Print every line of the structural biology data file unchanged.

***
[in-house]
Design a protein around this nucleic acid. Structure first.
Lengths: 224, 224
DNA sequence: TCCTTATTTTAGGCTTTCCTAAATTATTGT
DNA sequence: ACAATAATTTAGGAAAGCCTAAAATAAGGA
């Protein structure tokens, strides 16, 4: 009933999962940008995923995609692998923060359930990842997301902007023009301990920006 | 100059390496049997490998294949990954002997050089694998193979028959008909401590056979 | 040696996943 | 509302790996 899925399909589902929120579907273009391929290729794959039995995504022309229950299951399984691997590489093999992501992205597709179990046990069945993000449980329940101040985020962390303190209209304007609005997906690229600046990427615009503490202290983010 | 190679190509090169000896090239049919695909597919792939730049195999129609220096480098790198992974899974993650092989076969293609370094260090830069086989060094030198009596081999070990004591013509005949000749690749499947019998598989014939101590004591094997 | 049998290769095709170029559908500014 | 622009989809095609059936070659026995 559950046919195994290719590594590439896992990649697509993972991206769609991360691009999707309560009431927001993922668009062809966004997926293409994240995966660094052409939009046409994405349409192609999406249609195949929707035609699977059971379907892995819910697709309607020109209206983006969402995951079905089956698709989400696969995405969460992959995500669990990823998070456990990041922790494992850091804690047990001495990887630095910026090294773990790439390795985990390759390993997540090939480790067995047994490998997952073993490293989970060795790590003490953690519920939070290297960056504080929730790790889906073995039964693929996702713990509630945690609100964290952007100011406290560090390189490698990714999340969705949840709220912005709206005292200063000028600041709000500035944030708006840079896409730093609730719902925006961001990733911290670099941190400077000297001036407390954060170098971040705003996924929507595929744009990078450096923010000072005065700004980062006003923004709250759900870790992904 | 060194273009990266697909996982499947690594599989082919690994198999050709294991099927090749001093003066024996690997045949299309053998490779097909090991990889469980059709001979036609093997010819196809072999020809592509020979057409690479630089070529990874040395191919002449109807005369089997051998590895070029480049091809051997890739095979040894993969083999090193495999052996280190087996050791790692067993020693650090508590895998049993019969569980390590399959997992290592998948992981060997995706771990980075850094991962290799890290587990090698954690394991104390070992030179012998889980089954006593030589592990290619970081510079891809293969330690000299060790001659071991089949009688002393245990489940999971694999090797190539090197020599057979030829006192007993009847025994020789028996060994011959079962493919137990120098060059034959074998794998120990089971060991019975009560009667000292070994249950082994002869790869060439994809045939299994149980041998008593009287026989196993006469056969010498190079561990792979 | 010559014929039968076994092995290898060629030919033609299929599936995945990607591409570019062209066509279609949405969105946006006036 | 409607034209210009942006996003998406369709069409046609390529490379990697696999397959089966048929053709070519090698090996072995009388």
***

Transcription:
[in-house]
Design a protein around this nucleic acid. Structure first.
Lengths: 224, 224
DNA sequence: TCCTTATTTTAGGCTTTCCTAAATTATTGT
DNA sequence: ACAATAATTTAGGAAAGCCTAAAATAAGGA
């Protein structure tokens, strides 16, 4: 009933999962940008995923995609692998923060359930990842997301902007023009301990920006 | 100059390496049997490998294949990954002997050089694998193979028959008909401590056979 | 040696996943 | 509302790996 899925399909589902929120579907273009391929290729794959039995995504022309229950299951399984691997590489093999992501992205597709179990046990069945993000449980329940101040985020962390303190209209304007609005997906690229600046990427615009503490202290983010 | 190679190509090169000896090239049919695909597919792939730049195999129609220096480098790198992974899974993650092989076969293609370094260090830069086989060094030198009596081999070990004591013509005949000749690749499947019998598989014939101590004591094997 | 049998290769095709170029559908500014 | 622009989809095609059936070659026995 559950046919195994290719590594590439896992990649697509993972991206769609991360691009999707309560009431927001993922668009062809966004997926293409994240995966660094052409939009046409994405349409192609999406249609195949929707035609699977059971379907892995819910697709309607020109209206983006969402995951079905089956698709989400696969995405969460992959995500669990990823998070456990990041922790494992850091804690047990001495990887630095910026090294773990790439390795985990390759390993997540090939480790067995047994490998997952073993490293989970060795790590003490953690519920939070290297960056504080929730790790889906073995039964693929996702713990509630945690609100964290952007100011406290560090390189490698990714999340969705949840709220912005709206005292200063000028600041709000500035944030708006840079896409730093609730719902925006961001990733911290670099941190400077000297001036407390954060170098971040705003996924929507595929744009990078450096923010000072005065700004980062006003923004709250759900870790992904 | 060194273009990266697909996982499947690594599989082919690994198999050709294991099927090749001093003066024996690997045949299309053998490779097909090991990889469980059709001979036609093997010819196809072999020809592509020979057409690479630089070529990874040395191919002449109807005369089997051998590895070029480049091809051997890739095979040894993969083999090193495999052996280190087996050791790692067993020693650090508590895998049993019969569980390590399959997992290592998948992981060997995706771990980075850094991962290799890290587990090698954690394991104390070992030179012998889980089954006593030589592990290619970081510079891809293969330690000299060790001659071991089949009688002393245990489940999971694999090797190539090197020599057979030829006192007993009847025994020789028996060994011959079962493919137990120098060059034959074998794998120990089971060991019975009560009667000292070994249950082994002869790869060439994809045939299994149980041998008593009287026989196993006469056969010498190079561990792979 | 010559014929039968076994092995290898060629030919033609299929599936995945990607591409570019062209066509279609949405969105946006006036 | 409607034209210009942006996003998406369709069409046609390529490379990697696999397959089966048929053709070519090698090996072995009388």